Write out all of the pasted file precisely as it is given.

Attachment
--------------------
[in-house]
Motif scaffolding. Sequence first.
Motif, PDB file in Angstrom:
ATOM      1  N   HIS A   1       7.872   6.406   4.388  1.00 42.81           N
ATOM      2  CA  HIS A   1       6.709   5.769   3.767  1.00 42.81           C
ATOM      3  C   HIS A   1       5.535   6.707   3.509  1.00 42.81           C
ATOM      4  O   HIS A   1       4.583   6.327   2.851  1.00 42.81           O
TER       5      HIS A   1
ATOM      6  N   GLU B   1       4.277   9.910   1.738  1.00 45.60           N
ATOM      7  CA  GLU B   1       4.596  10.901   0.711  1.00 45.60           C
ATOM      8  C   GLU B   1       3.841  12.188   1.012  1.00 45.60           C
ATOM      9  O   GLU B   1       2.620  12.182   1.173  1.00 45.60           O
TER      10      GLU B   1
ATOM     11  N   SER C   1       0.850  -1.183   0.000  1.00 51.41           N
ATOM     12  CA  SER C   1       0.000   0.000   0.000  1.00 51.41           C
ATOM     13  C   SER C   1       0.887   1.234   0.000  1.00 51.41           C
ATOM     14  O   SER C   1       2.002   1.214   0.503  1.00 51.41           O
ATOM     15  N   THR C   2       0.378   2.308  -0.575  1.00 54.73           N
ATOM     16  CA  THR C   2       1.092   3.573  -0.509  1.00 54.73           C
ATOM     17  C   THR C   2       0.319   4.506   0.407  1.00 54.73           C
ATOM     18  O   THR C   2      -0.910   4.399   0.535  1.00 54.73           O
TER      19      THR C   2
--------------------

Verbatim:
[in-house]
Motif scaffolding. Sequence first.
Motif, PDB file in Angstrom:
ATOM      1  N   HIS A   1       7.872   6.406   4.388  1.00 42.81           N
ATOM      2  CA  HIS A   1       6.709   5.769   3.767  1.00 42.81           C
ATOM      3  C   HIS A   1       5.535   6.707   3.509  1.00 42.81           C
ATOM      4  O   HIS A   1       4.583   6.327   2.851  1.00 42.81           O
TER       5      HIS A   1
ATOM      6  N   GLU B   1       4.277   9.910   1.738  1.00 45.60           N
ATOM      7  CA  GLU B   1       4.596  10.901   0.711  1.00 45.60           C
ATOM      8  C   GLU B   1       3.841  12.188   1.012  1.00 45.60           C
ATOM      9  O   GLU B   1       2.620  12.182   1.173  1.00 45.60           O
TER      10      GLU B   1
ATOM     11  N   SER C   1       0.850  -1.183   0.000  1.00 51.41           N
ATOM     12  CA  SER C   1       0.000   0.000   0.000  1.00 51.41           C
ATOM     13  C   SER C   1       0.887   1.234   0.000  1.00 51.41           C
ATOM     14  O   SER C   1       2.002   1.214   0.503  1.00 51.41           O
ATOM     15  N   THR C   2       0.378   2.308  -0.575  1.00 54.73           N
ATOM     16  CA  THR C   2       1.092   3.573  -0.509  1.00 54.73           C
ATOM     17  C   THR C   2       0.319   4.506   0.407  1.00 54.73           C
ATOM     18  O   THR C   2      -0.910   4.399   0.535  1.00 54.73           O
TER      19      THR C   2